Noncovalent interactions of drugs with immune receptors may mediate drug-induced hypersensitivity reactions

AAPS J. 2006 Mar 17;8(1):E160-5. doi: 10.1208/aapsj080119.


Drug-induced hypersensitivity reactions are instructive examples of immune reactions against low molecular weight compounds. Classically, such reactions have been explained by the hapten concept, according to which the small antigen covalently modifies an endogenous protein; recent studies show strong associations of several HLA molecules with hypersensitivity. In recent years, however, evidence has become stronger that not all drugs need to bind covalently to the major histocompatibility complex (MHC)-peptide complex in order to trigger an immune response. Rather, some drugs may bind reversibly to the MHC or possibly to the T-cell receptor (TCR), eliciting immune reactions akin to the pharmacological activation of other receptors. While the exact mechanism is still a matter of debate, noncovalent drug presentation clearly leads to the activation of drug-specific T cells. In some patients with hypersensitivity, such a response may occur within hours of even the first exposure to the drug. Thus, the reaction to the drug may not be the result of a classical, primary response but rather be mediated by existing, preactivated T cells that display cross-reactivity for the drug and have additional (peptide) specificity as well. In this way, certain drugs may circumvent the checkpoints for immune activation imposed by the classical antigen processing and presentation mechanisms, which may help to explain the idiosyncratic nature of many drug hypersensitivity reactions.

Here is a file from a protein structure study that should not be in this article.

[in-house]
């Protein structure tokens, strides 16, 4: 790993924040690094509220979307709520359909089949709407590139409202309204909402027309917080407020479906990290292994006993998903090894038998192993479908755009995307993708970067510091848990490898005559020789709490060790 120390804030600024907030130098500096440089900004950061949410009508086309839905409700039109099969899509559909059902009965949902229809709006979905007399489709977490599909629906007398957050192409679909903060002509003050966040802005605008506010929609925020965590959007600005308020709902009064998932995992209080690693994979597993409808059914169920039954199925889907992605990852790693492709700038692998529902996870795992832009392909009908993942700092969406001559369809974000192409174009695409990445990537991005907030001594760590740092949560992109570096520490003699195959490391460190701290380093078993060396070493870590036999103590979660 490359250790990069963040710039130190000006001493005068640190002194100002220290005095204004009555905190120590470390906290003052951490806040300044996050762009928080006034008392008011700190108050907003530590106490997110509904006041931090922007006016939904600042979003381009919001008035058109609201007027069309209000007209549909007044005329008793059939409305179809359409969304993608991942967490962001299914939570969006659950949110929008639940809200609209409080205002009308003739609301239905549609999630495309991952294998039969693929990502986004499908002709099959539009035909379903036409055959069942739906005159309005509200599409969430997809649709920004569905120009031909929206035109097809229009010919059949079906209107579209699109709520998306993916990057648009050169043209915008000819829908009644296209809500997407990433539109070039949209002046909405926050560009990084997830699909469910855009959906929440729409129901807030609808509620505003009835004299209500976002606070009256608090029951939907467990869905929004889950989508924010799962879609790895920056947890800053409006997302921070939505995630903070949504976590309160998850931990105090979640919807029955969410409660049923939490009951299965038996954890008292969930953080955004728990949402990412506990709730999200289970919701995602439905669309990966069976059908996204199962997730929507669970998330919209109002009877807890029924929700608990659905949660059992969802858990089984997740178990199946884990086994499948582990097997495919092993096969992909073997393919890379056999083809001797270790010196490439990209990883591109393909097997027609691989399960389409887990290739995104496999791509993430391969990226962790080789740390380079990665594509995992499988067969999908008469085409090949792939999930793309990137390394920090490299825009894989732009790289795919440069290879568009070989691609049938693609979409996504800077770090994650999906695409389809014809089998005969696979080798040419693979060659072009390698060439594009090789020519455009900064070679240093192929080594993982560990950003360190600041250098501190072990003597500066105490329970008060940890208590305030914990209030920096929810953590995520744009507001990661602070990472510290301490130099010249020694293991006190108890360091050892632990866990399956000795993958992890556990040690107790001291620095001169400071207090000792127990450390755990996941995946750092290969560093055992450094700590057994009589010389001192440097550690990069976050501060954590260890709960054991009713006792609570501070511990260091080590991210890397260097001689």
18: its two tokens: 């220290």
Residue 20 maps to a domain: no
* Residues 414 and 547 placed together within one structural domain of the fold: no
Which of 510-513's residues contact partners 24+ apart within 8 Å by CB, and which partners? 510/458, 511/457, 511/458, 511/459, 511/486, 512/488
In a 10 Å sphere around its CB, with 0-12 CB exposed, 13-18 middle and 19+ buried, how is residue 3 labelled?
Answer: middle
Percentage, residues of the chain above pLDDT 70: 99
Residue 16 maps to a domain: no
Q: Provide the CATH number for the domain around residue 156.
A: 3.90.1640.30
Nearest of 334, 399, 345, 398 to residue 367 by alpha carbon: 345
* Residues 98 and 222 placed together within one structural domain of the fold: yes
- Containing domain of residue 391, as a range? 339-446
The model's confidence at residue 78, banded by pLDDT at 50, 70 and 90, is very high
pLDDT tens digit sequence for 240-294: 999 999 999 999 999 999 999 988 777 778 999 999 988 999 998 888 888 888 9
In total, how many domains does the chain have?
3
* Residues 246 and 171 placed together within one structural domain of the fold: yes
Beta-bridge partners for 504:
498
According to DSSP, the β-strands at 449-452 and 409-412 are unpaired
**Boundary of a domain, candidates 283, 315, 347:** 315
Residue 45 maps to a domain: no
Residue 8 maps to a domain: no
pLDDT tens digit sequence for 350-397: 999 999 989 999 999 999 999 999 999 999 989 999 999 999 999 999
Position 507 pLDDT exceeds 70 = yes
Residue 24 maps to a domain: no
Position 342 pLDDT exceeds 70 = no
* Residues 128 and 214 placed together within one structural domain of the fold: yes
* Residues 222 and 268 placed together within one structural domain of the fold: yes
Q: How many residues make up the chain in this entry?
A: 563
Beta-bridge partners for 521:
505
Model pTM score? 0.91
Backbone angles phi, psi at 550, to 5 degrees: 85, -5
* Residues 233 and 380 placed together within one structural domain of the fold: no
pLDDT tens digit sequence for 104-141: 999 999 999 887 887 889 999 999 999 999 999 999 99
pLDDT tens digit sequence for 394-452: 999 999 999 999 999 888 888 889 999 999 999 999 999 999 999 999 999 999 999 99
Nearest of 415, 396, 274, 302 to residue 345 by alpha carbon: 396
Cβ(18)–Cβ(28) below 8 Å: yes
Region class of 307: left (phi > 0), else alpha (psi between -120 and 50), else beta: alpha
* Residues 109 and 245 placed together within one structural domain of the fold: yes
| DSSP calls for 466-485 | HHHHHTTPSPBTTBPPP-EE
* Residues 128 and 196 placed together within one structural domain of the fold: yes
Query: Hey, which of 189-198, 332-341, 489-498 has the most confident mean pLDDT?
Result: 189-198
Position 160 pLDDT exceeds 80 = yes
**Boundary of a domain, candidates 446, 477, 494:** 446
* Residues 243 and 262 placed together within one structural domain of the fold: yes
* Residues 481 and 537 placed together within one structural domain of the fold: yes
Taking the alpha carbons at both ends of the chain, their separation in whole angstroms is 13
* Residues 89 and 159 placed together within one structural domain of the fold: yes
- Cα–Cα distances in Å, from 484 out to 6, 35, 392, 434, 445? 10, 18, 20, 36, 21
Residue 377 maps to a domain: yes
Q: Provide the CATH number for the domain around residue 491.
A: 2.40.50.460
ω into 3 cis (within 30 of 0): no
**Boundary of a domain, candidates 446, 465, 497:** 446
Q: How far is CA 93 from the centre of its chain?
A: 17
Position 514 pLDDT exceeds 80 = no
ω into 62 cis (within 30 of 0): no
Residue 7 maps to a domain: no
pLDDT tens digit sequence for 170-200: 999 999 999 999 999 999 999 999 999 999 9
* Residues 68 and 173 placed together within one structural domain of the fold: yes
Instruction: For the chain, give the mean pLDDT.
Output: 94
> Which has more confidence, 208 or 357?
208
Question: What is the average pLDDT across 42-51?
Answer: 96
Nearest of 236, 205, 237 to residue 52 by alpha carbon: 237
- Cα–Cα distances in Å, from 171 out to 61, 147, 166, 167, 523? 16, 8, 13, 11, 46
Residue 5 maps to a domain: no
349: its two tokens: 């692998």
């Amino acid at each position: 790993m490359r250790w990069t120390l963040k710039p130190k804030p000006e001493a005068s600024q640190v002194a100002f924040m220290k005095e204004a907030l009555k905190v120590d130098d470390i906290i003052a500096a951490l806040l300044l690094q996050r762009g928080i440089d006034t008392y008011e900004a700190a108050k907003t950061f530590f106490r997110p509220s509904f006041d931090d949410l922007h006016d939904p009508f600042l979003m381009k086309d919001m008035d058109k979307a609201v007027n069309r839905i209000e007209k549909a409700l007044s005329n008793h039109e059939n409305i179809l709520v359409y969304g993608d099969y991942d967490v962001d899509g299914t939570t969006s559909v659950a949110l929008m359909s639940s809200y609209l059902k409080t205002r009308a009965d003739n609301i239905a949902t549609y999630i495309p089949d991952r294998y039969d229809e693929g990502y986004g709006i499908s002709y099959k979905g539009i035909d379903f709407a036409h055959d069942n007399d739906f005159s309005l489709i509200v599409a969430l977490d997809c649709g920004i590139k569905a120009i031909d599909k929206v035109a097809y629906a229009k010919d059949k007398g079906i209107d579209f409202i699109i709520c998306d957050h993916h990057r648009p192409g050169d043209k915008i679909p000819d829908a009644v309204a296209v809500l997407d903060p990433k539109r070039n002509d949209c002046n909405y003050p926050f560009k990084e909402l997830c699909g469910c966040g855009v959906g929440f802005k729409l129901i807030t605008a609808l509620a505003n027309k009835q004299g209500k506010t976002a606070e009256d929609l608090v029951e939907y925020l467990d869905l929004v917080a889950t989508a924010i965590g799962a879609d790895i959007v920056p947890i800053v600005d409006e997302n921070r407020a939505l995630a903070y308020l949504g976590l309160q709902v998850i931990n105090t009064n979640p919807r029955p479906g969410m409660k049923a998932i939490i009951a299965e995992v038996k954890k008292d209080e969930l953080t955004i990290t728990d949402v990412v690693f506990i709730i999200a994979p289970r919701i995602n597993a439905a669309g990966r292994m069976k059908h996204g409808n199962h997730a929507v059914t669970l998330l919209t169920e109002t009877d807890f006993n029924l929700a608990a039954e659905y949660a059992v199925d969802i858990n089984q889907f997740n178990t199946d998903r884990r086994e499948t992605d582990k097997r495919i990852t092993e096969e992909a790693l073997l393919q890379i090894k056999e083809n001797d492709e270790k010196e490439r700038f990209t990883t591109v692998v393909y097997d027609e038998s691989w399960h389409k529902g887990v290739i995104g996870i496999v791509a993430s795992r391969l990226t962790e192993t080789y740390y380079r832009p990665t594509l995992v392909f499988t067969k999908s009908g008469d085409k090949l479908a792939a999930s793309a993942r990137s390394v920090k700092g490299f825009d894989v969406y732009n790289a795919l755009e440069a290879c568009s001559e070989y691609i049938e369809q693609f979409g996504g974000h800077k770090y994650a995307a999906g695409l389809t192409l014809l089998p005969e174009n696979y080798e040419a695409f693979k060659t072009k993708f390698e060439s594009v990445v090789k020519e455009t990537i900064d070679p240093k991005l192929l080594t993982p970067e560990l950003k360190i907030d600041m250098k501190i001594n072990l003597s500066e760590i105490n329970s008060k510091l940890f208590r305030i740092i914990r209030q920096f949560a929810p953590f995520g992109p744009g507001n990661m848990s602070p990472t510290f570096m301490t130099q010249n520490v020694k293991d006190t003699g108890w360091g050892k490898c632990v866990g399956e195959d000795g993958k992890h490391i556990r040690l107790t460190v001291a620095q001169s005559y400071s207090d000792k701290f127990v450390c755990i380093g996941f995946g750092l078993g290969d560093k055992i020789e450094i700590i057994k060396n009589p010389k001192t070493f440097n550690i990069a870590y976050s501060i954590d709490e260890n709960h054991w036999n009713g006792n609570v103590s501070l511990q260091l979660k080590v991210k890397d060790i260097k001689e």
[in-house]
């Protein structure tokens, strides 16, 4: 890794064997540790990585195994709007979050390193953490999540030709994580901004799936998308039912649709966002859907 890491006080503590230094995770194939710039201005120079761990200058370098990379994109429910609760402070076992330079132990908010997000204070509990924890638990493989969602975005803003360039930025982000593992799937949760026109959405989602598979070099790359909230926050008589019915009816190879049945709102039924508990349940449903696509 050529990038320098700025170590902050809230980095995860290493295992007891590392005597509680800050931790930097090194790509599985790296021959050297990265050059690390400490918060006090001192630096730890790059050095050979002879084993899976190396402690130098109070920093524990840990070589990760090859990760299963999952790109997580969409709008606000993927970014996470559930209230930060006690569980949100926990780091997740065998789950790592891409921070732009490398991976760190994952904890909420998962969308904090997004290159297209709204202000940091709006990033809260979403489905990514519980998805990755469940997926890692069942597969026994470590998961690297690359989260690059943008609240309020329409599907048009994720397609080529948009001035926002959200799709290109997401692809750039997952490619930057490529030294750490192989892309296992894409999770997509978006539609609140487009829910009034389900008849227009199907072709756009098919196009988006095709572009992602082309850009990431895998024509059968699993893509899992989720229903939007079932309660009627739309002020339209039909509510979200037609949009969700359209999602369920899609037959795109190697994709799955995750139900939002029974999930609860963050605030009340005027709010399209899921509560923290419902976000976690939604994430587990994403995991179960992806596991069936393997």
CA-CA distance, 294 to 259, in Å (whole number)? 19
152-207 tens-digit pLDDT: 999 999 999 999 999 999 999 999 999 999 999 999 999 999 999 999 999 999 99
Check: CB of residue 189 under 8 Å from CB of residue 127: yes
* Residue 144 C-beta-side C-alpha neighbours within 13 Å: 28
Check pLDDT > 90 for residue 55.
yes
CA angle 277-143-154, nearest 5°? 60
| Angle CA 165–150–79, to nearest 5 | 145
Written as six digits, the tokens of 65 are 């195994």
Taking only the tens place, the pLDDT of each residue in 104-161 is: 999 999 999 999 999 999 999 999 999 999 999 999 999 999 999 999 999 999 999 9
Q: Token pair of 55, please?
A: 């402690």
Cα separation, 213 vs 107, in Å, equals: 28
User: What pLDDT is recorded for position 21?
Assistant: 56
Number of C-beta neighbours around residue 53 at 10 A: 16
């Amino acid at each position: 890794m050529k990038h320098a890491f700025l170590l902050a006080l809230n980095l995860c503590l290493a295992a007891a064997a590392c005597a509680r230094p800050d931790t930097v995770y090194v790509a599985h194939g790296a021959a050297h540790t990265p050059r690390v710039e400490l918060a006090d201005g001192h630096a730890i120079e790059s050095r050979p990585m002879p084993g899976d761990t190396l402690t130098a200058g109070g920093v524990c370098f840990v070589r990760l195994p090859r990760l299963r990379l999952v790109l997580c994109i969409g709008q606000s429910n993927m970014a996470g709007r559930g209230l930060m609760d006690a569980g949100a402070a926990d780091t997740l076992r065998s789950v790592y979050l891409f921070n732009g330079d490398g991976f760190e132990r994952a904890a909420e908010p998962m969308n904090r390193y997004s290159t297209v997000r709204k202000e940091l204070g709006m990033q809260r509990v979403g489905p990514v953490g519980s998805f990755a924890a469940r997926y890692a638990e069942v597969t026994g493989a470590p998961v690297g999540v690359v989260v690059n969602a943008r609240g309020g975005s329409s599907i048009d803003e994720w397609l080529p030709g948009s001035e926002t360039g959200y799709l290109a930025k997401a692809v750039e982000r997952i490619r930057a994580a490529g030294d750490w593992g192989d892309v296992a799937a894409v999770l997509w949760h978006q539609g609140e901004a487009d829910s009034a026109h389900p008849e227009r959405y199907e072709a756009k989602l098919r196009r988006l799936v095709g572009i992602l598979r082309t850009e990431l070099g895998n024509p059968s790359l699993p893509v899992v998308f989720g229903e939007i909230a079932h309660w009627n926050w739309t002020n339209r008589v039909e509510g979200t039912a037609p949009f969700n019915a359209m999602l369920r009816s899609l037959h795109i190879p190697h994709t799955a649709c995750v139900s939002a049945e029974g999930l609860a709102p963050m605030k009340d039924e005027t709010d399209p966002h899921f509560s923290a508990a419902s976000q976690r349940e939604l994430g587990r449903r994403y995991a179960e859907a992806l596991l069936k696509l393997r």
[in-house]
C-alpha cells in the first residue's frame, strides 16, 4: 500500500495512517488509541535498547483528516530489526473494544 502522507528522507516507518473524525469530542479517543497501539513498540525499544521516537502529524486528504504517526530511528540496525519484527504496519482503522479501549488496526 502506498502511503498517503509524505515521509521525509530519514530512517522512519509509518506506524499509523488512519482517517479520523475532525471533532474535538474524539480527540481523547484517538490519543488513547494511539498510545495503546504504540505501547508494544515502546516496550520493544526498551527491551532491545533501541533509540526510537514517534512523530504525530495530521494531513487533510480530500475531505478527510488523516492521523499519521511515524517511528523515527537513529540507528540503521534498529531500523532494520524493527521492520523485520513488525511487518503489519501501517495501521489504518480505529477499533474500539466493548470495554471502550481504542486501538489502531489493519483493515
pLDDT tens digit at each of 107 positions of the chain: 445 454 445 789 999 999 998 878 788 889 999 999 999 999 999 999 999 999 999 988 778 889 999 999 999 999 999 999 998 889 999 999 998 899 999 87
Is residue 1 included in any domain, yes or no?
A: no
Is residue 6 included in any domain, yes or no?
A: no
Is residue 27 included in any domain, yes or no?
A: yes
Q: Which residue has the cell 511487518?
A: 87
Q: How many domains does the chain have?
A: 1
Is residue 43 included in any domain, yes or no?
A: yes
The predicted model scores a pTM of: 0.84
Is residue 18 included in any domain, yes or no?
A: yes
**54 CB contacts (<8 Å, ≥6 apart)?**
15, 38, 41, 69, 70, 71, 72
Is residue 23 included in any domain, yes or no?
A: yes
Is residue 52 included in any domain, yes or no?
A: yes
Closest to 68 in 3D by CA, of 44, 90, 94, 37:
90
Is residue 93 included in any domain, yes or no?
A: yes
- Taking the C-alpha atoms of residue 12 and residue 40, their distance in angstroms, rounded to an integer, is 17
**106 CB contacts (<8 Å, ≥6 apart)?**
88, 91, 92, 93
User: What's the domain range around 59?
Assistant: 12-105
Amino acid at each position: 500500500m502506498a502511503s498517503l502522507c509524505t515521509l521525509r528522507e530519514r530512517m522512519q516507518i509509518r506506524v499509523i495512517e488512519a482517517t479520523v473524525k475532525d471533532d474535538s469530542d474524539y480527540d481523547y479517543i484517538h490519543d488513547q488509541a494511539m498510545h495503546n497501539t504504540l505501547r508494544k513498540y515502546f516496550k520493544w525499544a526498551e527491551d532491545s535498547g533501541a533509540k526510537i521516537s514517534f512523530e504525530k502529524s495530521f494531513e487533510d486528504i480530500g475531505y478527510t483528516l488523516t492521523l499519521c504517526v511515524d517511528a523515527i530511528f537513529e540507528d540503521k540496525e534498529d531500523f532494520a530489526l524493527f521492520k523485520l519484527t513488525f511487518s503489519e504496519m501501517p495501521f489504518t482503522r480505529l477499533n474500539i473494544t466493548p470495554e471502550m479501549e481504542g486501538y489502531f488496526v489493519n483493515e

Publication types

  • Review

MeSH terms

  • Animals
  • Drug Hypersensitivity / immunology
  • Drug Hypersensitivity / metabolism*
  • Drug-Related Side Effects and Adverse Reactions
  • Humans
  • Pharmaceutical Preparations / metabolism*
  • Receptors, Immunologic / metabolism*
  • Receptors, Immunologic / physiology


  • Pharmaceutical Preparations
  • Receptors, Immunologic